After a thankfully uneventful two hour ride from the port of San Antonio I arrived at Valparaiso (well, Vina Del Mar actually). I’ve chosen to use Air B&B when I can rather than hotels, not just to save a bit of money, but to put me into contact with local people. My host for the next few days is the very welcoming Maria who opens up her big house (animal.save.erupted) for visitors. I’ve got the self-contained cabana in the yard, and very fine it is too, most importantly with secure parking for Bumble.
Vina Del Mar is pretty typical beach fare, crowded by European standards, but people seem to like it and are making the most of every square metre of sand. The sea looks a beautiful blue but there’s not too many people chancing the swim, apparently there’s a very cold current that keeps it bracing. I’ll find out tomorrow, I’m never one to pass up the chance of a swim and I can attest that the Baltic Sea is, as it says on the tin, baltic. I’m prepared.
The big selling point of this area is the old part of Valpariso high on the hills overlooking the city which has become something of a haven for hippies and artists. It stands in stark contrast to the grind of the streets below and the port area. It’s rightly famous for some amazing street art, the best I’ve seen anywhere. The atmosphere is smart, arty and calm. Gentrified, but not over-commercialised.
But it’s not for me. I can see why people like it, it just seems far too disconnected (physically and metaphorically) from the rest of the city. It’s very charming without doubt, and doesn’t yet suffer from the plague of Starbucks we see in the UK but I’m afraid it’s just not real enough for me.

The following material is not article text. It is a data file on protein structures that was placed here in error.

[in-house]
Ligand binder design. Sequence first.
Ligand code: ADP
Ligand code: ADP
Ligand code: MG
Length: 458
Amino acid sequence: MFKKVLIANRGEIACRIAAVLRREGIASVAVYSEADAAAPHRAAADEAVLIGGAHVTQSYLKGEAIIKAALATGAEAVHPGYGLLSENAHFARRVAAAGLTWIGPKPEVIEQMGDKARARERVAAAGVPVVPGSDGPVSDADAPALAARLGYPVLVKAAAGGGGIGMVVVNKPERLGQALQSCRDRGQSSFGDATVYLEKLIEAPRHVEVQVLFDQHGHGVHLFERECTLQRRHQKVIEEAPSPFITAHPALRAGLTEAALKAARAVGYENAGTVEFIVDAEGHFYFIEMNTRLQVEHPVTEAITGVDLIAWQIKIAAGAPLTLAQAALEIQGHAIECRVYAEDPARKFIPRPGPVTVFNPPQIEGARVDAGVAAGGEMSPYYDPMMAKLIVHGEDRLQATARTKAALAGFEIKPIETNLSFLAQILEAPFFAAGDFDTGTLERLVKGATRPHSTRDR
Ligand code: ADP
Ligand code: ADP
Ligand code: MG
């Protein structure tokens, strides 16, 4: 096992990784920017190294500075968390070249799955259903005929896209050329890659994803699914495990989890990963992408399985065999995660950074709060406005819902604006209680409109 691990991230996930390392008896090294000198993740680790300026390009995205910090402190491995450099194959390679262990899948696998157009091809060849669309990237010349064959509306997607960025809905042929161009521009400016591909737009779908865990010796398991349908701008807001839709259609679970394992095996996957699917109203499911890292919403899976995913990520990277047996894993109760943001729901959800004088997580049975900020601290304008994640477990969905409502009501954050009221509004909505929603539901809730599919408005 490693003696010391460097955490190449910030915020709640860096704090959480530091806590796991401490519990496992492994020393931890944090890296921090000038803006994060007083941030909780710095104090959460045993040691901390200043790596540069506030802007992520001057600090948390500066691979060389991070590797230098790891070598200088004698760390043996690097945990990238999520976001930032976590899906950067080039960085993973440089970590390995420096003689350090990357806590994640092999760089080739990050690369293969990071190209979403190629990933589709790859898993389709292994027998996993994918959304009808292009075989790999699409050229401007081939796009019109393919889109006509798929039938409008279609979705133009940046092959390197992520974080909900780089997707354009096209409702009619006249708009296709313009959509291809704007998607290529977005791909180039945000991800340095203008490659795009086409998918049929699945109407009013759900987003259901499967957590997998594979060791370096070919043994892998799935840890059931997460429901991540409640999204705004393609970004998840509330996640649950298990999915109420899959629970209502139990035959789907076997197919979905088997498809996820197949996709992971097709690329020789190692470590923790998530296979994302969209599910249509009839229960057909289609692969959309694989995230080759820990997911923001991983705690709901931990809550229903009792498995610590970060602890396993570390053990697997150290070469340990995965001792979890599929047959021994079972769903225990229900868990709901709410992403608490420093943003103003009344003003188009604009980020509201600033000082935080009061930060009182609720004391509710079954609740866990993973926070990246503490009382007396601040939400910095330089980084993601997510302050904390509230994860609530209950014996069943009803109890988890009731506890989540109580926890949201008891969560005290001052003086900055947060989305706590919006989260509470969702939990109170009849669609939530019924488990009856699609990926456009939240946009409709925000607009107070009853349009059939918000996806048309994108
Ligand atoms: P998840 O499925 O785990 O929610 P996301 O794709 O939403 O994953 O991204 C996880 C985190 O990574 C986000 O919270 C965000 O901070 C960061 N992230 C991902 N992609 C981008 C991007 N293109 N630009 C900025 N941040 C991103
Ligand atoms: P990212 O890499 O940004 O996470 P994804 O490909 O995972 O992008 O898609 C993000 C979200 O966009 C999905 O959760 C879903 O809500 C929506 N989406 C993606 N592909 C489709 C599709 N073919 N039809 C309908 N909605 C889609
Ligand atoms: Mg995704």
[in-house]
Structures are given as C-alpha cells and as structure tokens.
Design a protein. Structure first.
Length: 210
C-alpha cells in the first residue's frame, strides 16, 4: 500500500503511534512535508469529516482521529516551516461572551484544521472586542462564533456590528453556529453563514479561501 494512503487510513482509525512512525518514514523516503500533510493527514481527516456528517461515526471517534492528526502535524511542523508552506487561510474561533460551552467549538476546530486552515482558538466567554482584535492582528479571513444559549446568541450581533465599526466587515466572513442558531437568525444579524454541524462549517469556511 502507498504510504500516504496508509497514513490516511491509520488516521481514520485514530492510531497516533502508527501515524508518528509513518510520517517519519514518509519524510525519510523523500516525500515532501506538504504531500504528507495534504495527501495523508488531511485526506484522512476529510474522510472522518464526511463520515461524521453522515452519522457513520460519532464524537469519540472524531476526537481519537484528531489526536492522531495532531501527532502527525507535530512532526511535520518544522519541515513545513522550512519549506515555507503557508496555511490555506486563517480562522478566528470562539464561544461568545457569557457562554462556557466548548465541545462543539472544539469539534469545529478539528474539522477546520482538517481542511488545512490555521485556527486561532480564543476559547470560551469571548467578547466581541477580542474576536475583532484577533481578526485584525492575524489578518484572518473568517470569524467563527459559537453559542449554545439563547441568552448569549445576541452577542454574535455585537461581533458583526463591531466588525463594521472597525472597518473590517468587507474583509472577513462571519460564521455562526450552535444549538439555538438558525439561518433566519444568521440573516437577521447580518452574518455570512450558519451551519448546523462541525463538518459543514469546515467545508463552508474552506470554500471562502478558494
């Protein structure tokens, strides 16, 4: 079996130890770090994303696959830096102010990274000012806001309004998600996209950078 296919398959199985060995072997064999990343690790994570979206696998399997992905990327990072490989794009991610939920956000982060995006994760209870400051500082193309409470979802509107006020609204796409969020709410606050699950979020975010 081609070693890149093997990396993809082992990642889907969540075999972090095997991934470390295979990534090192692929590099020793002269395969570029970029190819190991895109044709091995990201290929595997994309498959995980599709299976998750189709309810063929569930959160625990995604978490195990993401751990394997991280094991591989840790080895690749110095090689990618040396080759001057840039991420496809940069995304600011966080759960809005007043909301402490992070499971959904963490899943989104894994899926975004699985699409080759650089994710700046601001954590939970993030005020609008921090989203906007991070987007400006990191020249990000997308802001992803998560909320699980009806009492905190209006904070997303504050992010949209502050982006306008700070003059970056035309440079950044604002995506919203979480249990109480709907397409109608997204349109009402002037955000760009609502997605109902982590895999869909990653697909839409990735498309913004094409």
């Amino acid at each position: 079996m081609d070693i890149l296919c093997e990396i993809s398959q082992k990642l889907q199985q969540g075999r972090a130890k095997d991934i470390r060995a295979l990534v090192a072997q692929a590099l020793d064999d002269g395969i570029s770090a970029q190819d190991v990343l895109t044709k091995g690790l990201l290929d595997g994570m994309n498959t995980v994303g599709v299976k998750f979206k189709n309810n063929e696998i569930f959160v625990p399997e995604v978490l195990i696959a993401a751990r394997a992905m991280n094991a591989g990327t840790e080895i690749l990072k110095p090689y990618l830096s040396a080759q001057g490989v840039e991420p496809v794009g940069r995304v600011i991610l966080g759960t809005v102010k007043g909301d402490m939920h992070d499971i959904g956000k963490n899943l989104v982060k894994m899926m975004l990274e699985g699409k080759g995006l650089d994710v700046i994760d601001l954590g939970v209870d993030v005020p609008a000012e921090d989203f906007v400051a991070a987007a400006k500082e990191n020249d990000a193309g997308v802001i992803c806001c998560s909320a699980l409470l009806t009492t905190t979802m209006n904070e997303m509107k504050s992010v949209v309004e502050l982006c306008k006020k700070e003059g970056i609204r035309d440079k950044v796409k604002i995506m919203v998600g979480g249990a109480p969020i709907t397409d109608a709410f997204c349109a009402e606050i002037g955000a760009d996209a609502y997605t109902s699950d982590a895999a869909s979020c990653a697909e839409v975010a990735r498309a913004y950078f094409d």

Something in the air?
As if to prove a point, when I descended from the dizzy heights of the artistic haven I saw everyday men, women and kids walking up hill towards me covering their mouths and rubbing their eyes. I quickly found out why as my eyes began to stream and a burning, chemical sensation seared my throat. Then the weird head buzz, kind of like poppers without the up side. I quickly asked someone what this was, some kind of pollution from the constant stream of diesel belching buses? No, a new, stronger type of tear gas that lingers in the air long after the daily demonstration has been sprayed with it. I do wonder what the 5 year old kid I saw crying from the pain did to deserve that.
Under the continuing delusion that I am not a 50 year old, unfit Englishman with dodgy knees I decided that somehow it would be a good idea to strap a piece of wood to my feet and skid down a 400 foot high sand dune. With the help of the wonderful host Bella – the Aussie farm girl who has been travelling for year after year in various jobs – we were waxing down our sand boards and attempting to skid across the brown powder. As a half-decent intermediate level snowboarder I thought I’d do OK. I kinda did but unfortunately sand has a much greater drag co-efficient than snow, you don’t go as fast or with as much control. In a way it reminded me of eating a bowl of pistachio nuts, eating the nuts themselves isn’t really the point, it’s the time effort and concentration that goes into getting them out of their shells that is the main reward. So too the cardiac precipitating slog back up the sinking sand. So much effort for such meagre downhill reward, makes you treasure the mastery of the sport all the more I guess. Suffice to say, my number of downhill runs was limited and the cold beers, tasty snacks and interesting conversation provided by Bella were a rewarding accompaniment enough for the lovely sunset.